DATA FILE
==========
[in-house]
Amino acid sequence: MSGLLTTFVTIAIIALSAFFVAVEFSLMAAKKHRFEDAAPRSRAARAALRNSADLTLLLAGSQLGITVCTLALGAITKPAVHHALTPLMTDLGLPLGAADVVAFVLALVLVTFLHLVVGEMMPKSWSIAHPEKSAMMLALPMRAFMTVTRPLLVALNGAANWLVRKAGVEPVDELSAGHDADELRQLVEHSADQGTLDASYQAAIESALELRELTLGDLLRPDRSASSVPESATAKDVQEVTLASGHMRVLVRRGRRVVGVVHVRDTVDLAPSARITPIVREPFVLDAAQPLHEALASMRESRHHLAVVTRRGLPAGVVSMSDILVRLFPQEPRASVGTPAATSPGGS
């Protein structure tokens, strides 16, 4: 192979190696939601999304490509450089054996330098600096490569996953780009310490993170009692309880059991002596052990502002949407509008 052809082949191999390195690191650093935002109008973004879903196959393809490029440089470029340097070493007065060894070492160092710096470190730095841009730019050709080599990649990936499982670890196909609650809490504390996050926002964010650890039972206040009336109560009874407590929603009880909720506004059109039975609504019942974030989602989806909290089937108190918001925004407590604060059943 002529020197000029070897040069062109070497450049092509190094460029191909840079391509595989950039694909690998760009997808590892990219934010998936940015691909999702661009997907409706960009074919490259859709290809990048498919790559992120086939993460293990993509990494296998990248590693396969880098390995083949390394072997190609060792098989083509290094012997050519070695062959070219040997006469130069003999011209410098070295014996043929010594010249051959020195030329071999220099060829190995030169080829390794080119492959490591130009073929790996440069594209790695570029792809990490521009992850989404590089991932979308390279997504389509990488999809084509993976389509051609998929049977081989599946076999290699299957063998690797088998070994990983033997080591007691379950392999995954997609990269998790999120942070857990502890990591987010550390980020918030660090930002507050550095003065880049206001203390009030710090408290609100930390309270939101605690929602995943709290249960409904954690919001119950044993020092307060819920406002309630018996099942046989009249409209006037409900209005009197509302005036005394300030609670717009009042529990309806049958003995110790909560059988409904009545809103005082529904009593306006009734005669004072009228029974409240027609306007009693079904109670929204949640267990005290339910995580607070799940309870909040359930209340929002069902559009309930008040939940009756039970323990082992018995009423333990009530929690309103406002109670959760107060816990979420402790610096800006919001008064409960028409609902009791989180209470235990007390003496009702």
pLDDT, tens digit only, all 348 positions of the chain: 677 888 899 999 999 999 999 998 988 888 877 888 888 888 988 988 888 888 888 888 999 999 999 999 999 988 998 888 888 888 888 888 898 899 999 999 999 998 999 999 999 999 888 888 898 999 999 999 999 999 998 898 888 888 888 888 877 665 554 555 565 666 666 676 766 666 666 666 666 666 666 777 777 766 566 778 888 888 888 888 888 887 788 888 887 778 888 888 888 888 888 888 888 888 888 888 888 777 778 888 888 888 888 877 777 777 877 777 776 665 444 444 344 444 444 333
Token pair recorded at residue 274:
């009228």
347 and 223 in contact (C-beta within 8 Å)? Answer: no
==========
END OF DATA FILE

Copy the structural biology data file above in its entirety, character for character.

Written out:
[in-house]
Amino acid sequence: MSGLLTTFVTIAIIALSAFFVAVEFSLMAAKKHRFEDAAPRSRAARAALRNSADLTLLLAGSQLGITVCTLALGAITKPAVHHALTPLMTDLGLPLGAADVVAFVLALVLVTFLHLVVGEMMPKSWSIAHPEKSAMMLALPMRAFMTVTRPLLVALNGAANWLVRKAGVEPVDELSAGHDADELRQLVEHSADQGTLDASYQAAIESALELRELTLGDLLRPDRSASSVPESATAKDVQEVTLASGHMRVLVRRGRRVVGVVHVRDTVDLAPSARITPIVREPFVLDAAQPLHEALASMRESRHHLAVVTRRGLPAGVVSMSDILVRLFPQEPRASVGTPAATSPGGS
């Protein structure tokens, strides 16, 4: 192979190696939601999304490509450089054996330098600096490569996953780009310490993170009692309880059991002596052990502002949407509008 052809082949191999390195690191650093935002109008973004879903196959393809490029440089470029340097070493007065060894070492160092710096470190730095841009730019050709080599990649990936499982670890196909609650809490504390996050926002964010650890039972206040009336109560009874407590929603009880909720506004059109039975609504019942974030989602989806909290089937108190918001925004407590604060059943 002529020197000029070897040069062109070497450049092509190094460029191909840079391509595989950039694909690998760009997808590892990219934010998936940015691909999702661009997907409706960009074919490259859709290809990048498919790559992120086939993460293990993509990494296998990248590693396969880098390995083949390394072997190609060792098989083509290094012997050519070695062959070219040997006469130069003999011209410098070295014996043929010594010249051959020195030329071999220099060829190995030169080829390794080119492959490591130009073929790996440069594209790695570029792809990490521009992850989404590089991932979308390279997504389509990488999809084509993976389509051609998929049977081989599946076999290699299957063998690797088998070994990983033997080591007691379950392999995954997609990269998790999120942070857990502890990591987010550390980020918030660090930002507050550095003065880049206001203390009030710090408290609100930390309270939101605690929602995943709290249960409904954690919001119950044993020092307060819920406002309630018996099942046989009249409209006037409900209005009197509302005036005394300030609670717009009042529990309806049958003995110790909560059988409904009545809103005082529904009593306006009734005669004072009228029974409240027609306007009693079904109670929204949640267990005290339910995580607070799940309870909040359930209340929002069902559009309930008040939940009756039970323990082992018995009423333990009530929690309103406002109670959760107060816990979420402790610096800006919001008064409960028409609902009791989180209470235990007390003496009702």
pLDDT, tens digit only, all 348 positions of the chain: 677 888 899 999 999 999 999 998 988 888 877 888 888 888 988 988 888 888 888 888 999 999 999 999 999 988 998 888 888 888 888 888 898 899 999 999 999 998 999 999 999 999 888 888 898 999 999 999 999 999 998 898 888 888 888 888 877 665 554 555 565 666 666 676 766 666 666 666 666 666 666 777 777 766 566 778 888 888 888 888 888 887 788 888 887 778 888 888 888 888 888 888 888 888 888 888 888 777 778 888 888 888 888 877 777 777 877 777 776 665 444 444 344 444 444 333
Token pair recorded at residue 274:
């009228």
347 and 223 in contact (C-beta within 8 Å)? Answer: no